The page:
New Bill in Israel May Undermine Minority Rights
Article Link: http://goo.gl/EpJs5D
A new proposed law in Israel has gained traction called the Jewish nation-state bill. This new bill is very controversial. Backed by the Israeli Prime Minister Binyamin Netanyahu, and was approved by the Israeli cabinet, but has attracted fierce criticism from opponents inside Israel and its President, Reuven Rivlin, as well as from the US and the EU.
If this new bill were to be passed it would mean that this bill would “ recognize Israel’s Jewish character, institutionalize Jewish law as an inspiration for legislation and possibly de-list Arabic as a second official language.” This means that Israel would be undermining a previous law, but a very important one: Israel’s declaration of independence. This is considered a basic law, so undermining seems very undemocratic. In this declaration there is a section that talks about equal rights for everyone, which includes the Arabic minority targeted by this new law. This new law would show the minorities of Israel that their democratic state comes second to a Jewish state.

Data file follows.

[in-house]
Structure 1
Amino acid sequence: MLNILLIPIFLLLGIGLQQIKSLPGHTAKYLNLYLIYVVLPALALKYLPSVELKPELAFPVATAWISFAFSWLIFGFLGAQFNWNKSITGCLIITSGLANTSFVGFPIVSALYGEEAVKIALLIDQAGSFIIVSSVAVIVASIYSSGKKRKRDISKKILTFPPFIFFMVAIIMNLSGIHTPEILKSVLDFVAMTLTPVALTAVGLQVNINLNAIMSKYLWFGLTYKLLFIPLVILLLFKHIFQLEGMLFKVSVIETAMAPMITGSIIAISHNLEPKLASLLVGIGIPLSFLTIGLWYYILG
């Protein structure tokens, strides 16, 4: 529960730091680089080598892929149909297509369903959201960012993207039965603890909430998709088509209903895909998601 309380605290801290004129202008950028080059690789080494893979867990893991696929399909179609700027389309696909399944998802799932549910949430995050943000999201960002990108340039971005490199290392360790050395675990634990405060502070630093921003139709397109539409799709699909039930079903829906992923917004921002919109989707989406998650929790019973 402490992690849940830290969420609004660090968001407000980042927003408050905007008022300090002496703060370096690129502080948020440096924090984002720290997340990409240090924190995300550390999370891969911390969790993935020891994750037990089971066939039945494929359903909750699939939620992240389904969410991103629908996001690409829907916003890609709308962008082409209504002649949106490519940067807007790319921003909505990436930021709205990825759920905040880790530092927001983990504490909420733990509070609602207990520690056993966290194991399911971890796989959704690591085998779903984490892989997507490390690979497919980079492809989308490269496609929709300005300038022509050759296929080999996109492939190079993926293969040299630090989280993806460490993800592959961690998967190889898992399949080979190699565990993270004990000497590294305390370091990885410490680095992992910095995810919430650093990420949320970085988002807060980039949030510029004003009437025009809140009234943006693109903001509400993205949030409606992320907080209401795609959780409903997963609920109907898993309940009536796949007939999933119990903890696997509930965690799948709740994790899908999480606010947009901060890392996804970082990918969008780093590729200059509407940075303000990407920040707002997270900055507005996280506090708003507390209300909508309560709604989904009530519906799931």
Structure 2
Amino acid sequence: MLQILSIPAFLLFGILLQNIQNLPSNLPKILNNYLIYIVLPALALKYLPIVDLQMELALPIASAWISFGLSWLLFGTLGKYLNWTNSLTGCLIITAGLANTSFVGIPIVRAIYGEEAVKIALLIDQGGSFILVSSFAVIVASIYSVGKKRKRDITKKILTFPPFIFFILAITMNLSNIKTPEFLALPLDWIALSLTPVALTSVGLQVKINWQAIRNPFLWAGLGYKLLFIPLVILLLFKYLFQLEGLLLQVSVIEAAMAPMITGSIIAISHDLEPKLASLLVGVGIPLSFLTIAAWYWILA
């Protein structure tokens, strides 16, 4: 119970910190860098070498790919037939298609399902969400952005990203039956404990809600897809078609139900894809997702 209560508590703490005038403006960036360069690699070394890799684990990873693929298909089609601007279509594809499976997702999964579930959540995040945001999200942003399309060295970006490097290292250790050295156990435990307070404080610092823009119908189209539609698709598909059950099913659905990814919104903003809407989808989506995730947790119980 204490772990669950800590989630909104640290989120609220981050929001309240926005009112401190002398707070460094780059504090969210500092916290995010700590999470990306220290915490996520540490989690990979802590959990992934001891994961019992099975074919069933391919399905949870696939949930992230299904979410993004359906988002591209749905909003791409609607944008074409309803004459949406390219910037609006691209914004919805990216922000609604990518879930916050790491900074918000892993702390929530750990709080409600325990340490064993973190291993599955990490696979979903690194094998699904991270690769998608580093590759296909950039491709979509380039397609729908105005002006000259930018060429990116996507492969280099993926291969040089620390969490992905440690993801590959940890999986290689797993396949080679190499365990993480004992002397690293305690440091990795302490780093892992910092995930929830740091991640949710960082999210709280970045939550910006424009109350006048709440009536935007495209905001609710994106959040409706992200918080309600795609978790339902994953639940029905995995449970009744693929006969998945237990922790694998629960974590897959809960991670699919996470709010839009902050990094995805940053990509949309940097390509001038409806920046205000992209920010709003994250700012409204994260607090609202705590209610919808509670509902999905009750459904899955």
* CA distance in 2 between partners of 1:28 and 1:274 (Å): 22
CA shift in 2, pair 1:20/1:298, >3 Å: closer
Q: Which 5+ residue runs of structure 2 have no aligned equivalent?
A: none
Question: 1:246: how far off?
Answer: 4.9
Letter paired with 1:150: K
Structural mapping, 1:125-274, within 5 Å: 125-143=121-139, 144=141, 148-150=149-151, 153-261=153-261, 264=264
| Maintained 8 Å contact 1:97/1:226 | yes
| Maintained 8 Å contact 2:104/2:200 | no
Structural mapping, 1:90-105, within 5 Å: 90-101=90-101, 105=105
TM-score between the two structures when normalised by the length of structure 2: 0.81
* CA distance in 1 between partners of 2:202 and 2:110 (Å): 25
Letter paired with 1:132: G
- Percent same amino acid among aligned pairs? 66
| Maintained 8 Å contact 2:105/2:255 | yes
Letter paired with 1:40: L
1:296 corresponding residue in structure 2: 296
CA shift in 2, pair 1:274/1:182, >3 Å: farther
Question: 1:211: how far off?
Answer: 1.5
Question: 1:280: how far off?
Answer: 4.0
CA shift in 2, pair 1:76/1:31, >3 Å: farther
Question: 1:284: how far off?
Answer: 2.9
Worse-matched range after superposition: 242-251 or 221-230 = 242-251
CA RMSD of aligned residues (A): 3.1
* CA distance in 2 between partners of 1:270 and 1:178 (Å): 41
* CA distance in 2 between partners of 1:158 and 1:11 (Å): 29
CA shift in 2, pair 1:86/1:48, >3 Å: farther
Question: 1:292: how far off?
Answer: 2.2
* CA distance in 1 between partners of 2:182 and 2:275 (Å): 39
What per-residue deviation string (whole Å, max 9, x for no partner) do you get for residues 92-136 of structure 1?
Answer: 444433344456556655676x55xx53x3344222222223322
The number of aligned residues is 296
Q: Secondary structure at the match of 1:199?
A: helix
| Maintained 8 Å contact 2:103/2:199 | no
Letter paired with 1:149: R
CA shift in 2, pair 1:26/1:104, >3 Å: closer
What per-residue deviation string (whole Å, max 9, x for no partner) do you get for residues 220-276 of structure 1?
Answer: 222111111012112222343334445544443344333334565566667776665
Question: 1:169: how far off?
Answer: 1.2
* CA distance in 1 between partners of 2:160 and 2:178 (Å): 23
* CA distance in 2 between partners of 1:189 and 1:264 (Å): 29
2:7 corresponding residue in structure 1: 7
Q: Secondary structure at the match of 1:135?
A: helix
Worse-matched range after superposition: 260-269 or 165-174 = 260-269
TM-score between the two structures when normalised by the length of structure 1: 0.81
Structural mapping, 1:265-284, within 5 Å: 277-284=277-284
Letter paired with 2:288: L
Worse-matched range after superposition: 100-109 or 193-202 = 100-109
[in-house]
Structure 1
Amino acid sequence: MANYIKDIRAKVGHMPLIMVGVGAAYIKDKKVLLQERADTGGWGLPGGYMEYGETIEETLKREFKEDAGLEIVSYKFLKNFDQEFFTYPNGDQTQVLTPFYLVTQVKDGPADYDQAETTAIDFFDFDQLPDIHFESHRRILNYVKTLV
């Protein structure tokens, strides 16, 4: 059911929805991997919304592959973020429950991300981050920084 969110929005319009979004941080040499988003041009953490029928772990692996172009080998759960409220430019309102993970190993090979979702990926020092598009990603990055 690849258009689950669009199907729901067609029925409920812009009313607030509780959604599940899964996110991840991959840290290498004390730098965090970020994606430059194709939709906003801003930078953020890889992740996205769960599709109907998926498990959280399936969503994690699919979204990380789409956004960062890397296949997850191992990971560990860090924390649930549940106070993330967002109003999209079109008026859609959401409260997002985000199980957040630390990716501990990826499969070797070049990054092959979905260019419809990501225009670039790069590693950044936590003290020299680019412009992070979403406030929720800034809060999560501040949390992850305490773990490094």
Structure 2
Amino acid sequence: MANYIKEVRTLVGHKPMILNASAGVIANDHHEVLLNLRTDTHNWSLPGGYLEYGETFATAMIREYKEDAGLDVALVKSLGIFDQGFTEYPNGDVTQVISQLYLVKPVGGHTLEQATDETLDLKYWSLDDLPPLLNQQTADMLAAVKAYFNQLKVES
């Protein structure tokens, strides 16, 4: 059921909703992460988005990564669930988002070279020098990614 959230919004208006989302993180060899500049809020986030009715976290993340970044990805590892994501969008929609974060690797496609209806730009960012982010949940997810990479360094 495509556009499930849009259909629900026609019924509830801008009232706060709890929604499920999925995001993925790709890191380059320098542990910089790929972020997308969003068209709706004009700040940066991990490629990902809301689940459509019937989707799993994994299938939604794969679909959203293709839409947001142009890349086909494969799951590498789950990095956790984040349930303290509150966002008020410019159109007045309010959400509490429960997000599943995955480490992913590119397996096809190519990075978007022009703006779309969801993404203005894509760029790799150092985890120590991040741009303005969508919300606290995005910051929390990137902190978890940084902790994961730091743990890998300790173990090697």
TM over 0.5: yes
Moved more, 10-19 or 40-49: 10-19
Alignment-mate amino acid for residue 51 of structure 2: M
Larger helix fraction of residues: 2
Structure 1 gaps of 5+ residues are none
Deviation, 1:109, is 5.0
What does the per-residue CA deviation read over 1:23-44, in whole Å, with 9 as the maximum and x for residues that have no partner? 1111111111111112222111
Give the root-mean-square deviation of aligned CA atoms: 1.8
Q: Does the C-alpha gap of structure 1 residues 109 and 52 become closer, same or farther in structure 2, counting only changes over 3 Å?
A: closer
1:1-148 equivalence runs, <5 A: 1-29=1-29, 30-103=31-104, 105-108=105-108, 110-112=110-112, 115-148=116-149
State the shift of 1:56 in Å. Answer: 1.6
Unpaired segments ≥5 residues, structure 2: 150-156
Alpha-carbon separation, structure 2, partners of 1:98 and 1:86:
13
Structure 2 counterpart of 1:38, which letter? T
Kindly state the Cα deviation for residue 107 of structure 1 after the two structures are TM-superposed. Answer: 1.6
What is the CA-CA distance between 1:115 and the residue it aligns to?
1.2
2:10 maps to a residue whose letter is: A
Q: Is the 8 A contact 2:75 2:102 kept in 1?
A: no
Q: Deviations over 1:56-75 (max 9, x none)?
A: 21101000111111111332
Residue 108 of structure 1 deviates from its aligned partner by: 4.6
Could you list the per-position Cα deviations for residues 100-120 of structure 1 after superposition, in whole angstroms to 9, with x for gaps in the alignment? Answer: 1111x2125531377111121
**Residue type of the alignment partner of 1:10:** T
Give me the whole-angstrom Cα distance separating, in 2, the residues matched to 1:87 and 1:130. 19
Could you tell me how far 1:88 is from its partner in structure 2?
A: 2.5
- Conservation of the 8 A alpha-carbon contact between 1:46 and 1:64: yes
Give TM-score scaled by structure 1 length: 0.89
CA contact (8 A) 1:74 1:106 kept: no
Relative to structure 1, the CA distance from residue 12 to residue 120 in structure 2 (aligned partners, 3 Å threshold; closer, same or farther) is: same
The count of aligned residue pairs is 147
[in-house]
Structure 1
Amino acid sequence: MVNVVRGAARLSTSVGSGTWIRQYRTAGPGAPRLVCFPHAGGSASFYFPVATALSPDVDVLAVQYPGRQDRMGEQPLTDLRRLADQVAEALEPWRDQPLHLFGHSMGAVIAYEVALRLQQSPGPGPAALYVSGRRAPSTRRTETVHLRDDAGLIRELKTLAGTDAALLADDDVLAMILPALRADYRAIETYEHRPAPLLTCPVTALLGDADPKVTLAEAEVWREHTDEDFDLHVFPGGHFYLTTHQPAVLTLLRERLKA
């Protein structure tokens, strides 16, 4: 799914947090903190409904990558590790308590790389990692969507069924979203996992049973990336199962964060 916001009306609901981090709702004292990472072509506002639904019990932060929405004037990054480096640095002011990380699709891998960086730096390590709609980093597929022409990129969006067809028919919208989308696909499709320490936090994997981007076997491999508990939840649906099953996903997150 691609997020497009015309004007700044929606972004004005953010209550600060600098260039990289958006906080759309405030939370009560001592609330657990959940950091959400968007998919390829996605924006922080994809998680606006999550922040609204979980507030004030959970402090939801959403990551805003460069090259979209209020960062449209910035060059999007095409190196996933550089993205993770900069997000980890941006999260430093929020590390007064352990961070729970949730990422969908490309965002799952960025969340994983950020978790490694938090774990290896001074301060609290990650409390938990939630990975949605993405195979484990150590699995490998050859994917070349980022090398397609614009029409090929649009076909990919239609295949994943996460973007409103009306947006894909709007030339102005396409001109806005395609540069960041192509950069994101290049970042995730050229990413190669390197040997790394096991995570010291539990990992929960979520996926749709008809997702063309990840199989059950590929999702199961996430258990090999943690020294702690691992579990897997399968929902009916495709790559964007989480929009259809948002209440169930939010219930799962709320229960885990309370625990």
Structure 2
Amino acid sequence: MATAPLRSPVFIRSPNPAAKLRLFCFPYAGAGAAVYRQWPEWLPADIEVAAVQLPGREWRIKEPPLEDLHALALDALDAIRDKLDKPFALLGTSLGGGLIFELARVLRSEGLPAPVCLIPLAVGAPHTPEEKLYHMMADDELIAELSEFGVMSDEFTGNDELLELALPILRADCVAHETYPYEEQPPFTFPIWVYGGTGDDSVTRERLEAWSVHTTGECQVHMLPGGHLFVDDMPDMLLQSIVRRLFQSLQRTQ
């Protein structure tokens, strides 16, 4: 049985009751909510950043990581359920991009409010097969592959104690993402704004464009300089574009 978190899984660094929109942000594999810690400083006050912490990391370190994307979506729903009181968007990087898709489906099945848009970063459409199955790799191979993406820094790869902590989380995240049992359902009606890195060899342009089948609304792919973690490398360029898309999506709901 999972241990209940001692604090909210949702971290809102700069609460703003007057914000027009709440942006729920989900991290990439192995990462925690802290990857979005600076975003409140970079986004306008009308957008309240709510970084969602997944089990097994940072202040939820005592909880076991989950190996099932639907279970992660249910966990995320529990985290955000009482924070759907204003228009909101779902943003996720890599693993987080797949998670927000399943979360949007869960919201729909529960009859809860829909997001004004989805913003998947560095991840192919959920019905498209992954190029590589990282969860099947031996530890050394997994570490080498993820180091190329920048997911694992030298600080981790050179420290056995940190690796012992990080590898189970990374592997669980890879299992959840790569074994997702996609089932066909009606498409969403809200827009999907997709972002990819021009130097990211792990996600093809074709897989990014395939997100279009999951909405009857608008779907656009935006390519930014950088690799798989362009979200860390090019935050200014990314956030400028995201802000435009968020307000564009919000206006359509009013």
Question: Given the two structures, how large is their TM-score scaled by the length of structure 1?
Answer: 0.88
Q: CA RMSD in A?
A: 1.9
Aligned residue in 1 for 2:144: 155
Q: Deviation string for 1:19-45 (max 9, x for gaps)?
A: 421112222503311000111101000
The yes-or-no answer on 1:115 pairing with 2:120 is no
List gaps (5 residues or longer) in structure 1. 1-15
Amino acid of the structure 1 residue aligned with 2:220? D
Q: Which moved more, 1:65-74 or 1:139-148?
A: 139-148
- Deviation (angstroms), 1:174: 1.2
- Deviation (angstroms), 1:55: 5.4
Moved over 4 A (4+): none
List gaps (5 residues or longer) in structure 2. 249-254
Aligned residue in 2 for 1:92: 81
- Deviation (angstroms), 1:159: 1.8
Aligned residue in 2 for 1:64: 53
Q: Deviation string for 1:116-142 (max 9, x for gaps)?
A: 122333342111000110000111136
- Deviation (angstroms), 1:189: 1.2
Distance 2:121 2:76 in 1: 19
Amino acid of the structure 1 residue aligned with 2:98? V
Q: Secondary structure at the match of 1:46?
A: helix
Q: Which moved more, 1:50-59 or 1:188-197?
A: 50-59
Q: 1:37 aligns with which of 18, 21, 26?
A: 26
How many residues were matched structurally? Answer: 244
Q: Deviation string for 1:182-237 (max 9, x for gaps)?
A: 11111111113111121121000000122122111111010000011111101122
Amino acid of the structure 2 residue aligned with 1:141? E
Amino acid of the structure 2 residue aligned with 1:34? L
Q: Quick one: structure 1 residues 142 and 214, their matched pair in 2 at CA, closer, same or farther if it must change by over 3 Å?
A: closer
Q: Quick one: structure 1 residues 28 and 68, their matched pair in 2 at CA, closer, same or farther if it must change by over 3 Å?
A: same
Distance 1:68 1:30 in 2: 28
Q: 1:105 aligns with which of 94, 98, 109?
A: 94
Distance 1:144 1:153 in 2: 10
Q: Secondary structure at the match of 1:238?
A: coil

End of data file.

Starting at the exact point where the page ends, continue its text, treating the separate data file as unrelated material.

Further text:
Critics of this bill point out that passing this into law would only give the international community a negative view on the country. This is not good as the general western countries already hold Israel in a not so favourable light. Netanyahu, the Prime Minister who supports the controversial bill has this to say about it: “individual civil rights would be guaranteed under existing laws for all, but that “national rights” should be reserved for Jews.” Another critic says that “We don’t need legislation to make Israel a Jewish state, and you cannot make it a Jewish state by legislation.” He means to say that since 75% is Jewish, so the main language, written word, music is all mostly Hebrew, that Israel is already a Jewish state. There is no need for a law that is useless and will only marginalize the Arab minority. Israel should be considered a home for Arabs, where they feel safe and comfortable, not a place where their rights may be second to those of Jewish faith.
As the official vote comes up it looks like more and more officials are to vote against it. After many arguments in parliament, it seems like Netanyahu’s coalition is slowly cracking. Parties on the left are generally against it, centralist parties threatening to vote against it and even some people on the right like President Reuven Rivlin will not be voting in favour of the motion.